As someone that works in technology circles, it struck me recently that the notion of “black boxes” (opaque systems) applies to representational governance too. Black boxes are a topic that rightly concern many technology scholars, lawyers, and others about how software systems work — see Frank Pasquale’s The Black Box Society for more on the concept. To our detriment, in both software and governance, black boxes are inaccessible. But to our advantage in both, they are also dependent on people and process. This situation, in the context of governance, presents us with an opportunity, and an obligation, to act.
More of us need to get into the weeds of the administrative machinery and the weaponized incentive structures that use what should be publicly accountable institutions to resist change. We need to follow the abstractions of freedom and justice through to the seemingly banal and mundane ways they are deformed and rendered impossible by administrative practice. Governance is not a ‘set it and forget it’ situation. Like all things based on relationships, it requires time, energy, care, attention, productive friction, and maintenance.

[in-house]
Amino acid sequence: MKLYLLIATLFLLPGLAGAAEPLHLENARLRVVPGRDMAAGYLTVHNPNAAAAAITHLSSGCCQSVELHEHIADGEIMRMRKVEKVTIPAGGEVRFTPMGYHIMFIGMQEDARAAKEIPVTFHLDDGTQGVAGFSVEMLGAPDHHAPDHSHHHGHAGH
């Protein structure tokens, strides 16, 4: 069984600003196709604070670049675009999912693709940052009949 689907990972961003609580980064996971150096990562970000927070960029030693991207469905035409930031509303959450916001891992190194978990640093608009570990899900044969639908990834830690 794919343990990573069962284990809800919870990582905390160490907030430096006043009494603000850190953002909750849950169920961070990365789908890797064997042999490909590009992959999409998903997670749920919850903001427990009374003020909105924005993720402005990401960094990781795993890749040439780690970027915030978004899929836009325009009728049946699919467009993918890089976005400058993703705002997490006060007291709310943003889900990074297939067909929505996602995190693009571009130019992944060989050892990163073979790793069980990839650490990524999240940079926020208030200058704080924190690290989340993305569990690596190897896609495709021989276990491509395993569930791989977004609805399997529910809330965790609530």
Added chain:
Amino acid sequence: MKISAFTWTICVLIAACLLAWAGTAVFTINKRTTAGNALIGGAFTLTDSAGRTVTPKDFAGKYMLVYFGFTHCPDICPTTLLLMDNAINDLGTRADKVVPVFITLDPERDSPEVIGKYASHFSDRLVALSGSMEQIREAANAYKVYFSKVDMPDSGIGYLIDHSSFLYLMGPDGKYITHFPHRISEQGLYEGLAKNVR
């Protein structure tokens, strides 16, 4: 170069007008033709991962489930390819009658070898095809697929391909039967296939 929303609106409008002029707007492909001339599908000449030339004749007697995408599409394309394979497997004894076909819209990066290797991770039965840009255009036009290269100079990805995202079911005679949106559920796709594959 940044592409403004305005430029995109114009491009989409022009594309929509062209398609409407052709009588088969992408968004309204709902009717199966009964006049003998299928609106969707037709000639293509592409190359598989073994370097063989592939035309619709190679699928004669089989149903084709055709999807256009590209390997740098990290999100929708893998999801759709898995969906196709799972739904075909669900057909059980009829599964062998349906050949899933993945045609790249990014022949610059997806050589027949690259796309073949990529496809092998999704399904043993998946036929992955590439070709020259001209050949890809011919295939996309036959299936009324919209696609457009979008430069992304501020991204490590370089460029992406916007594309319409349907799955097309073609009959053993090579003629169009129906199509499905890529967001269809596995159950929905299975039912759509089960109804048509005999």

There is a need for residents of Toronto, and residents elsewhere too, to seek to build better accountability habits into their daily lives. If we continue to do this work we can draw on the significant administrative power that is lying around on the floor. We can use it to redefine our public institutions, as well as their responsibilities to us.